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Author Topic: Graviton  (Read 2783 times)

Offline Dawes

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Graviton
« on: 07/02/2006 23:36:21 »
Tuesday, February 7, 2006   3:36 PM Pacific
If space warps is there still a need for a graviton?

Dawes


 

Offline Soul Surfer

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Re: Graviton
« Reply #1 on: 08/02/2006 08:41:34 »
Yes.  The graviton refers to cyclic warping of space by the passage of gravitational energy.  To give you an electrical field analogy.  a gravitational field is like a static electrical field produced by charging an object up it attracts oppositrly carged or neutara(because of induced charge) objects but does not radiate.  To generate radiation you need an alternating electrical field like that in a radio transmitter or an electron "going round" an atom.  So the only things that radiate gravitons are objects orbiting each other ot passing by deflecting each other's courses not pbject sitting there doing nothing in particular.

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Offline tony6789

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Re: Graviton
« Reply #2 on: 08/02/2006 14:33:56 »
what do you mean by "warps"?

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Offline Soul Surfer

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Re: Graviton
« Reply #3 on: 08/02/2006 19:23:59 »
The attractive force due to gravity is generally described as the effect of mass in warping space.  If two objects are orbiting each other the space near them is being warped cyclically.  This generates gravity waves which are transmitted in the form of gravitons in the same way that hot objects emit pgotons of light.  This effect is generally far to small to observe on normal orbiting objects but there are cases of neutron star binaries in close orbits which are losing energy by precisely the amount expected of gravitational waves.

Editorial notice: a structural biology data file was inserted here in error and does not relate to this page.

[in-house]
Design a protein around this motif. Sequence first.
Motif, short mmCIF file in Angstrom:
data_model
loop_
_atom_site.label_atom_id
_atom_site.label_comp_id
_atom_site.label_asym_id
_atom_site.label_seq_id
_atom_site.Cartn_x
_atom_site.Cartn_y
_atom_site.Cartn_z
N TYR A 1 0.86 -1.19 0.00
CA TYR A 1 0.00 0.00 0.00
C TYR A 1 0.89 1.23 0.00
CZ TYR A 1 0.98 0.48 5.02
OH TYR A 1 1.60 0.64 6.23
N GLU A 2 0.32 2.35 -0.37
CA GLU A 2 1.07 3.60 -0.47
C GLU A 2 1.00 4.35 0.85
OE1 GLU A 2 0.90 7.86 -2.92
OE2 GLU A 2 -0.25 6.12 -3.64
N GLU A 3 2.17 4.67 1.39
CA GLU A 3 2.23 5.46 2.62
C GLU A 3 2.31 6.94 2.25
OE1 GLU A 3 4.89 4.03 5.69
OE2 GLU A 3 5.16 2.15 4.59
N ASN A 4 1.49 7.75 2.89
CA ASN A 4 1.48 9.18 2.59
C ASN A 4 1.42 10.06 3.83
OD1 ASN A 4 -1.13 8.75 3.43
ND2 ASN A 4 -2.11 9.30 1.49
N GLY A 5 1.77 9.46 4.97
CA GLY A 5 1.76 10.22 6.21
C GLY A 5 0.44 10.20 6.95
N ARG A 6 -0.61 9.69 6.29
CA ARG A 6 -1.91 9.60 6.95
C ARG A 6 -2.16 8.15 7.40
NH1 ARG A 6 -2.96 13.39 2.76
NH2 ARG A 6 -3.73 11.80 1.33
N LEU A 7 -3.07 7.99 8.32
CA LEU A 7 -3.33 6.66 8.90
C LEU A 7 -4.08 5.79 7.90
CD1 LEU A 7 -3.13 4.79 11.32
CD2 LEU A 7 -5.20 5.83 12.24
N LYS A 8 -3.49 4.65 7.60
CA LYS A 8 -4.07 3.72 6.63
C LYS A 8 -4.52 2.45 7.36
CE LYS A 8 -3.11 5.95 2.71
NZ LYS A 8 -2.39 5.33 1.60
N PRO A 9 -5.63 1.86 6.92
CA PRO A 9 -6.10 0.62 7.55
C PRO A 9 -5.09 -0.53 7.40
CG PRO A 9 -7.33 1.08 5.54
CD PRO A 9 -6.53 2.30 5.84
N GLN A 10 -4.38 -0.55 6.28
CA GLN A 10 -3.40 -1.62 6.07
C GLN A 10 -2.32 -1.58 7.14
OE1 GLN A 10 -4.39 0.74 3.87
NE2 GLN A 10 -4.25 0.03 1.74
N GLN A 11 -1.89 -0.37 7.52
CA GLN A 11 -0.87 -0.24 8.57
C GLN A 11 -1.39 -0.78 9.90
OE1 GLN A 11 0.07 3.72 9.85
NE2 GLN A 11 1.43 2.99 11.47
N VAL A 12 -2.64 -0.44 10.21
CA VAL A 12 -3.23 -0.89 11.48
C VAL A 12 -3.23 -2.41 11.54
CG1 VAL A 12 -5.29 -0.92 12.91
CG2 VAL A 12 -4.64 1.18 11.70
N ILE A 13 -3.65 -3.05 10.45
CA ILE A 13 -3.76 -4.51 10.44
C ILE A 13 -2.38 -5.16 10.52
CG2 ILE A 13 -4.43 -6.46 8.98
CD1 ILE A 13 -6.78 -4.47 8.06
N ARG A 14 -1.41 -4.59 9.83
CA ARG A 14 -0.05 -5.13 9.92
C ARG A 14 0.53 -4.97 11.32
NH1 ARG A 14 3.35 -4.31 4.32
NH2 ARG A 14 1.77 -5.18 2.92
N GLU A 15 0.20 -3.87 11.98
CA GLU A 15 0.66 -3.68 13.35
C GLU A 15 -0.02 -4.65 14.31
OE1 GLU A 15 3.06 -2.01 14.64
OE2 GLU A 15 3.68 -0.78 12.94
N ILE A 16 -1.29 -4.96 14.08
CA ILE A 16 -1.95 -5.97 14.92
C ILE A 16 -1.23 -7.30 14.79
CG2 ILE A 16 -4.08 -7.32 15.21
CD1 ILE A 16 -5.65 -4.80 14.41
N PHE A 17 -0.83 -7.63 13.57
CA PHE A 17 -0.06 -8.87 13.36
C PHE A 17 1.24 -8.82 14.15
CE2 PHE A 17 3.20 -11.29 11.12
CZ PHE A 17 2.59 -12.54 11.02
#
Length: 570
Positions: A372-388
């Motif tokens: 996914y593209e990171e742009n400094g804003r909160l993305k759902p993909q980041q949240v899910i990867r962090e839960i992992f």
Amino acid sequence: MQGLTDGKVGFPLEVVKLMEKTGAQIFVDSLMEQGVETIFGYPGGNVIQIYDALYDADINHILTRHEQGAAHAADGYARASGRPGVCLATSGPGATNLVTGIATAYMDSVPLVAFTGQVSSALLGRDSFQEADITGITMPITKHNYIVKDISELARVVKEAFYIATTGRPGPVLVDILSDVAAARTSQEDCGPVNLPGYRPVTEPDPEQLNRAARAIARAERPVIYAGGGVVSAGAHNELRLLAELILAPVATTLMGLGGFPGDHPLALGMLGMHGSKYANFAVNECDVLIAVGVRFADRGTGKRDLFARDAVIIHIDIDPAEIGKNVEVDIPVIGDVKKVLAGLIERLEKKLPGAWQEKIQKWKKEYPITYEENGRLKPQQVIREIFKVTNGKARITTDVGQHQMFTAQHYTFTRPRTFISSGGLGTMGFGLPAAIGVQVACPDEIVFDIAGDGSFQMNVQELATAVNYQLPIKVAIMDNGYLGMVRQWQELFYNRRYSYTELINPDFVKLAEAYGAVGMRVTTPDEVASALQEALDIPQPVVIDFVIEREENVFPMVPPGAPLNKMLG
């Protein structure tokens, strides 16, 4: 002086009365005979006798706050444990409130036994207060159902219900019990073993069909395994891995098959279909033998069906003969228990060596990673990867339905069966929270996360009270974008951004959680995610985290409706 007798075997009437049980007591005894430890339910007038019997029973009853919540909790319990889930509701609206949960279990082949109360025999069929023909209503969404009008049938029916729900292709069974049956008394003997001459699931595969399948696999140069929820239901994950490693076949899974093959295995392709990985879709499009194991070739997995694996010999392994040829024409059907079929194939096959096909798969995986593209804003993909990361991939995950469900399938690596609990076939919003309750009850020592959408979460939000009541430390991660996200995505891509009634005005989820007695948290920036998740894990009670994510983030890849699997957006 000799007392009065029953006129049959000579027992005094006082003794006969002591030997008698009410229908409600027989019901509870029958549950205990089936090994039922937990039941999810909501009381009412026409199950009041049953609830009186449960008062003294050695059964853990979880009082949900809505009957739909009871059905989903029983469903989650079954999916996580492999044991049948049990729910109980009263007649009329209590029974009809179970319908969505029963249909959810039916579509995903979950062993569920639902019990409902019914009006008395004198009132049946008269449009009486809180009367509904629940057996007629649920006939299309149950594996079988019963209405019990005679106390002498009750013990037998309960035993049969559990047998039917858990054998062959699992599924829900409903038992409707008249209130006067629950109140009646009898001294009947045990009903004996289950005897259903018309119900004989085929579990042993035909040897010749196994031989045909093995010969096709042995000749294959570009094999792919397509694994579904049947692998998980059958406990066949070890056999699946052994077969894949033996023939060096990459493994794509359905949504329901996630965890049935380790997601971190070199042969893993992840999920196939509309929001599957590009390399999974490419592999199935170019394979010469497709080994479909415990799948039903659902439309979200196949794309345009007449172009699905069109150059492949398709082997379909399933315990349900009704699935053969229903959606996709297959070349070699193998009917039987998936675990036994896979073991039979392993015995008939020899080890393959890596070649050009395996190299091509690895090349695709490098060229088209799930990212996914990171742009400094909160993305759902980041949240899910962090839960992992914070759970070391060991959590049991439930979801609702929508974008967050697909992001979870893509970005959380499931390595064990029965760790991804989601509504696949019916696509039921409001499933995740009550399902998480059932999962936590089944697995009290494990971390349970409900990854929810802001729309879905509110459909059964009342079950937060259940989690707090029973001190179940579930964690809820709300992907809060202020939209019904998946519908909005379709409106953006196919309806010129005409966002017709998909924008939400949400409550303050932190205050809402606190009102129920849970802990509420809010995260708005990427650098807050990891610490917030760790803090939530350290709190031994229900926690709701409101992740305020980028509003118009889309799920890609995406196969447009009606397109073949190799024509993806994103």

Neutron stars have a mass of about a couple of solar masses, are a few km across and are only slightly bigger than a blackhole of the same mass.



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« Last Edit: 08/02/2006 19:26:08 by Soul Surfer »
 

Offline DocN

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Re: Graviton
« Reply #4 on: 10/02/2006 21:18:19 »
I'm reading a good book on this topic--called: "Einstein's Unfinished Symphony" by M. Bartusiak (Berkley Book) dealing with the detection of gravitational waves or quakes that compress and stretch spacetime.  Some research is being done in the detection of colliding neutron stars and supernovas with the possibility of new insights as to the true nature of the universe.
Doc
 

Offline ukmicky

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Re: Graviton
« Reply #5 on: 10/02/2006 23:28:52 »
what happens to a graviton, does it decay or continue moving forever.
Michael
« Last Edit: 11/02/2006 00:21:17 by ukmicky »
 

Offline Soul Surfer

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Re: Graviton
« Reply #6 on: 11/02/2006 10:20:47 »
Like a photon it travels for ever at the speed of light.  presumably the energy in each graviton is defined by h nu  ie plancks constant and frequency like a photon but as most gravitiational interactions are incredibly slow compared with electromagnetic ones most of them represent very tiny amounts of energy.  its difficult to think of gravitiational events lasting less than a nanosecond! mpst photons involve events orders of magnitude quicker than this.

I am interested if any scientists have connsidered the pssibility of there being a lower limit to the frequency and therefore energy of interactions because the gravitons just can't fit into the universe!

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Re: Graviton
« Reply #6 on: 11/02/2006 10:20:47 »

 

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